Jan_Kuipers is the new Algorithm Champion
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Friday, June 29, 2007
Introduction by Olexiy
Jan_Kuipers is the Algorithm Champion of the 2007 TopCoder Open. Check out Petr's analysis on this year's finals. Congratulations!
There are two important points to realize about this problem:
Given a sorted combined list of the times in the input arrays, you can calculate by what factor you can increase your money in each interval independently. For each interval, if the slopes are both negative you would hold on to all your money (a factor of 1.0). If either stock is positive, you pick the stock with the greater slope and compute the factor as the ending price of the chosen stock divided by its starting price. If the interval is bounded on either end by the other stock changing price, and you are not explicitly given your chosen stock's price at the beginning and/or end of the interval, you just need to compute it by linear interpolation.
Your final profit is $1000 times the product of the factors for each interval, minus your $1000 initial investment.
Let Z[i] be a quantity of all binary, repeating free strings of length i: Z = 2, Z = 2, Z = 4, Z = 6, Z = 12, ...
We should proof that Z[2*n + 1] = 2*Z[2*n] (odd case), and Z[2*n] = 2*Z[2*n-1] - Z[n] (even case).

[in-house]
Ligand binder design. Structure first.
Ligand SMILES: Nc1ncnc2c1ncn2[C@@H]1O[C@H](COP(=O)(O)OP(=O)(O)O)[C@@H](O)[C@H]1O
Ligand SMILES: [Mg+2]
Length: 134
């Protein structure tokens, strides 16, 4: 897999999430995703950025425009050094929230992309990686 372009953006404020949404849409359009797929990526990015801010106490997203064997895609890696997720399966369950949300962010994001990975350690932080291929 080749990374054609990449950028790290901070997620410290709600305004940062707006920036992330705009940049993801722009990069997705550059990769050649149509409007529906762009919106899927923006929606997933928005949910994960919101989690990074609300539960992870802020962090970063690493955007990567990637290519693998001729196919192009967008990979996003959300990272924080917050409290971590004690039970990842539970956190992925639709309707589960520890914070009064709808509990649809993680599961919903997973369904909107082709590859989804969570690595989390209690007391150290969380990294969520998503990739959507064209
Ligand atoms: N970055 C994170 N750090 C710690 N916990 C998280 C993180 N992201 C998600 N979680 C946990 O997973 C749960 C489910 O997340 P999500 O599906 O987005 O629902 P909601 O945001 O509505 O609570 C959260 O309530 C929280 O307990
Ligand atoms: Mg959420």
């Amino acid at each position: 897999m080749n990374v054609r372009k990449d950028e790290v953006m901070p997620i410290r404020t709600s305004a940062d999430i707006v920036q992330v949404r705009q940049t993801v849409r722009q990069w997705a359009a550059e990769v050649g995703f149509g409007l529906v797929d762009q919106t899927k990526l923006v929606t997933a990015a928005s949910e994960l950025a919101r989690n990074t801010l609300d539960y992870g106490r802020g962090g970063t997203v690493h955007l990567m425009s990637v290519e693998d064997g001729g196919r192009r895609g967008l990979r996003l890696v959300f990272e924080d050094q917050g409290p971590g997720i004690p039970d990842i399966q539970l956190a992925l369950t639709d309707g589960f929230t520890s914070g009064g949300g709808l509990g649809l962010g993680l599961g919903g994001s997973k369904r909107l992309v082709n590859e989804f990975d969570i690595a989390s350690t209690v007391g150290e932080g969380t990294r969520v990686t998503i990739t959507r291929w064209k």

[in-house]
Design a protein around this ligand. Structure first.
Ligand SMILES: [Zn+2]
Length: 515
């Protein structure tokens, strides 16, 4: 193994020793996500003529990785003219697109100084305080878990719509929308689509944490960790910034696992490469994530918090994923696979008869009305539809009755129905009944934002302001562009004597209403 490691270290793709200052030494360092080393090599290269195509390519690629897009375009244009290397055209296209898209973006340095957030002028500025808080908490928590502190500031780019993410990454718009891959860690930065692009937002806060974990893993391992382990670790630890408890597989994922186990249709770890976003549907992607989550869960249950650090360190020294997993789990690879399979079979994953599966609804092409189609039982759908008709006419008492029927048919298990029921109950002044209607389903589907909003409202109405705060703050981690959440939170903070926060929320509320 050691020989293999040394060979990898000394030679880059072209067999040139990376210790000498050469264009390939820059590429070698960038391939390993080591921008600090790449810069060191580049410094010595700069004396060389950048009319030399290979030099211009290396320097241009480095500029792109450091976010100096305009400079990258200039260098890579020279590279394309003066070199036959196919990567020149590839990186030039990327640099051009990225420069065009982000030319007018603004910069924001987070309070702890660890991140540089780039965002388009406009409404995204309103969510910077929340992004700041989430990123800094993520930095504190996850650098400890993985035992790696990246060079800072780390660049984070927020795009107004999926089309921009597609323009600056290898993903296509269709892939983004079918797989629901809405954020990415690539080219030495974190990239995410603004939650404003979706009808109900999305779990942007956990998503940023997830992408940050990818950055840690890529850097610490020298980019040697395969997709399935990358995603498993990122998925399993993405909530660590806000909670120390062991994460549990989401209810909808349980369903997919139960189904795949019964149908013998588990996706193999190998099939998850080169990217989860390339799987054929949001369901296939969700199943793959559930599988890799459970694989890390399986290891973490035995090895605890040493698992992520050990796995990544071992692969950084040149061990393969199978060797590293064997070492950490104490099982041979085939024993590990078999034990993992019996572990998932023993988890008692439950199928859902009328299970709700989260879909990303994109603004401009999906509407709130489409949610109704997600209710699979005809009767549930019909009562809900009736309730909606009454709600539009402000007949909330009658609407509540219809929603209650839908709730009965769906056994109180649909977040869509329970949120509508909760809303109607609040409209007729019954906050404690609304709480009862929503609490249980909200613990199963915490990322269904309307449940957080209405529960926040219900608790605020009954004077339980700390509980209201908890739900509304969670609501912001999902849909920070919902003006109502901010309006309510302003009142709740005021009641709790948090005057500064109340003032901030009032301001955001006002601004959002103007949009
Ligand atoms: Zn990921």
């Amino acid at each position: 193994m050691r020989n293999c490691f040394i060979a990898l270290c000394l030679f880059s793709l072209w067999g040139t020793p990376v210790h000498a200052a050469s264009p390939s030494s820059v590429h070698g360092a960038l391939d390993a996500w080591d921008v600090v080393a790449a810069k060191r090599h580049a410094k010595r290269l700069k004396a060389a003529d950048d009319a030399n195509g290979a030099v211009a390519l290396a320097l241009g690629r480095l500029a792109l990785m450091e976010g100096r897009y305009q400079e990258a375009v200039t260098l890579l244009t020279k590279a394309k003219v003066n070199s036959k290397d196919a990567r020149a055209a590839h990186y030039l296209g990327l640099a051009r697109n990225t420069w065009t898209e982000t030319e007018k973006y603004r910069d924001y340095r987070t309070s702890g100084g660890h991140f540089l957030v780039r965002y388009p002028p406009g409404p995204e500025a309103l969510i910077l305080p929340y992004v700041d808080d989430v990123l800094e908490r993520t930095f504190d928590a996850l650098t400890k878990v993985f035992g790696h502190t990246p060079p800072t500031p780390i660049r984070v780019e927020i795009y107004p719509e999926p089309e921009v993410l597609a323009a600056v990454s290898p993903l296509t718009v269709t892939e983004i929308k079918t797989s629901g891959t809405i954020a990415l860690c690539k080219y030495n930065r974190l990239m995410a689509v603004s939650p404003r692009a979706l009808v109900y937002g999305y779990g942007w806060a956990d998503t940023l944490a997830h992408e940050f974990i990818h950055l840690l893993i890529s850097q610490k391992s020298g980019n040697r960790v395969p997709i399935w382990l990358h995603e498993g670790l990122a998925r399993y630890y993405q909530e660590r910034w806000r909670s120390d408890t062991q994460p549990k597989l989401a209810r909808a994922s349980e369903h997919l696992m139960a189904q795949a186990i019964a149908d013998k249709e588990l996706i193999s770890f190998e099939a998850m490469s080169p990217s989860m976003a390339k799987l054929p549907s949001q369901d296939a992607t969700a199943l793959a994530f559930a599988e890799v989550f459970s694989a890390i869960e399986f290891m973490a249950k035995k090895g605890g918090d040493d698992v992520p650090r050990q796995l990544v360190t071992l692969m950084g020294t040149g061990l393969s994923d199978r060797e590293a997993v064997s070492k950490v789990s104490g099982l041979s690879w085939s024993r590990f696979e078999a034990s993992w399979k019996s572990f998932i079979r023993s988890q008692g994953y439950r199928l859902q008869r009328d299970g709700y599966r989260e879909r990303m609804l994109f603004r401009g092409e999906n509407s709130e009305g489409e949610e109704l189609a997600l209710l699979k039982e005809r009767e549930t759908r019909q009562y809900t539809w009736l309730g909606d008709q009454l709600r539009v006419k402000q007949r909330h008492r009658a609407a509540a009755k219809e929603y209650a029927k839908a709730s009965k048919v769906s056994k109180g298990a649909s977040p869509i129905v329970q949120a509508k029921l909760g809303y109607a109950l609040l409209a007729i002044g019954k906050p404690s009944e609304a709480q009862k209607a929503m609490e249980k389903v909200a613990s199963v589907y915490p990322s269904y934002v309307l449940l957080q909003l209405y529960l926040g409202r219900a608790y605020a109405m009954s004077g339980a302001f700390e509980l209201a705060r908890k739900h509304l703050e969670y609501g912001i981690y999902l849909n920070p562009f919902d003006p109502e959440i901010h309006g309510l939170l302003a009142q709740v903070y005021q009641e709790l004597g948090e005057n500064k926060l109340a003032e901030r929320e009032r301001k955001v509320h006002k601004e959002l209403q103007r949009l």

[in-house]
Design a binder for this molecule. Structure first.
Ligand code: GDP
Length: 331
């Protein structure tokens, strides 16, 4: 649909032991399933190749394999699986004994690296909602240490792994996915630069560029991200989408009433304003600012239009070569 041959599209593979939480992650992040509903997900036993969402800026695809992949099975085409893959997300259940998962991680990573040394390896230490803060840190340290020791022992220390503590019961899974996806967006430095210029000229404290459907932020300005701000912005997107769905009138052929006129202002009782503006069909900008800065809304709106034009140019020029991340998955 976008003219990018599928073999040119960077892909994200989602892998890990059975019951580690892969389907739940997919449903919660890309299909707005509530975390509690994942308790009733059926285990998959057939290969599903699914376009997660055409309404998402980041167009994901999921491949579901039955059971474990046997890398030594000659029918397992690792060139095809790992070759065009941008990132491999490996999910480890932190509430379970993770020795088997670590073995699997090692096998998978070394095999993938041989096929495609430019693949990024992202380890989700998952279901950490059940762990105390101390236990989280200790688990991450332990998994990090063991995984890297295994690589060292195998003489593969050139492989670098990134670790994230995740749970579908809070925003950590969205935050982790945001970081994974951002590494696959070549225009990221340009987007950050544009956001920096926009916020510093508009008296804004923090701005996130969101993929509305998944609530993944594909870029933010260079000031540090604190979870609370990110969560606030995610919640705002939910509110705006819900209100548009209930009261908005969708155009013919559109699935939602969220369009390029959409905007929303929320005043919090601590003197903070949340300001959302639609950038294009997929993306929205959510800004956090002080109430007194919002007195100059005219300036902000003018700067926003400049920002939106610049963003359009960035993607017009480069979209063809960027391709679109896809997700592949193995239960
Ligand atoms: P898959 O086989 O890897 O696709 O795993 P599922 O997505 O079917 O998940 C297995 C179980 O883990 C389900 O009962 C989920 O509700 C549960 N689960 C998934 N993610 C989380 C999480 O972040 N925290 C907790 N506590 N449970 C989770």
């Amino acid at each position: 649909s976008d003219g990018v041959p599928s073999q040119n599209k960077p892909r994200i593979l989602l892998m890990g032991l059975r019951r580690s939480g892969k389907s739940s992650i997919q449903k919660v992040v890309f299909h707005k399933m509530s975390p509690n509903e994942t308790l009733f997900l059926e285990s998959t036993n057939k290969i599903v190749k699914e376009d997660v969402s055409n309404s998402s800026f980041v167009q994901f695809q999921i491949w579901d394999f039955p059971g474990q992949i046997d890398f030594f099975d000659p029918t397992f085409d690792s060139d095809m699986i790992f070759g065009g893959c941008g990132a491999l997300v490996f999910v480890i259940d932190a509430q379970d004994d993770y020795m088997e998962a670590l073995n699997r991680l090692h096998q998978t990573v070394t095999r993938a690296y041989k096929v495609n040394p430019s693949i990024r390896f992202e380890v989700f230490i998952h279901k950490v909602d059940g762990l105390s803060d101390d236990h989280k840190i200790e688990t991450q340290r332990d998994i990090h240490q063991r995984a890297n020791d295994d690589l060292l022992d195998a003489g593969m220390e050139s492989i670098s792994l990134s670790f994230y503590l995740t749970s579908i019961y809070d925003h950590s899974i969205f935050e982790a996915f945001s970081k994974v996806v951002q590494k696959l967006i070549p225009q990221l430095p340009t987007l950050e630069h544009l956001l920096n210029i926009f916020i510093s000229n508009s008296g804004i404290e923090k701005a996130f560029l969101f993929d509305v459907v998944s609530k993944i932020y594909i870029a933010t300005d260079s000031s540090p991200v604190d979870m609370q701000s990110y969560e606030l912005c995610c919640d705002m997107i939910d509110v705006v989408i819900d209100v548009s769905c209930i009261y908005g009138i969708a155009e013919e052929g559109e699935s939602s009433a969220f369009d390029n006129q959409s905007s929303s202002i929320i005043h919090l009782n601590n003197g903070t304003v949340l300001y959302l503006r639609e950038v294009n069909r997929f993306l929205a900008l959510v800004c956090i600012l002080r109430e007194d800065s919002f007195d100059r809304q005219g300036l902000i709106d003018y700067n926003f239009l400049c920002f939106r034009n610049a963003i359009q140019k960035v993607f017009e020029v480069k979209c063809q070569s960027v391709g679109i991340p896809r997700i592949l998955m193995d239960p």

In the odd case: let's consider the odd string that has some prefix which is equal to a suffix. Let its length be L. If L > n then another shorter prefix with the same property exists, and so on.
This is an example:
01010 => 01010 01010 01010
Thus, if the odd string is not a repeating free it contains a prefix (with length <= n) equals to a suffix. But it means that if we delete the middle character from the string, the resulting string will be non-repeating free too. Obviously that the inverse fact is also correct. If we insert 0 or 1 in the middle of any, even repeating free string, the result will be repeating free too. Therefore, Z[2*n+1]=2*Z[2*n].
In the even case: similarly, if the even string is not repeating free, it has a prefix with length not greater than n and equals to a suffix. Thus we can insert 0 or 1 on the left hand of the middle character in the odd repeating free string. In the most cases the result will be repeating free too. For example, we had XXXYXXX, after inserting the character Z we get XXXZYXXX.
One exception is the resulting string, consisting of two equal halves (XXXZ == YXXX). This exception takes place in Z[n] cases (there are 2^n such strings, but in 2^n-Z[n] of those cases the previous odd-length string has a prefix/suffix with length less than n). So, Z[2*n] = 2*Z[2*n-1]-Z[n].
All these approaches help us to create a function which returns a quantity of repeating free strings matching for the given pattern (it consists of '0', '1' and '?'). For example (odd case): count('?1?0?') = 2*count('?10?'), count('1?100') = count('1?00'). In the even case, we should intersect the left and the right parts of the pattern, and subtract from the result the count(X), where X is an intersection.
To find k-th lexicographical string we should fill the pattern from the left to right and analyze the correspondent quantities.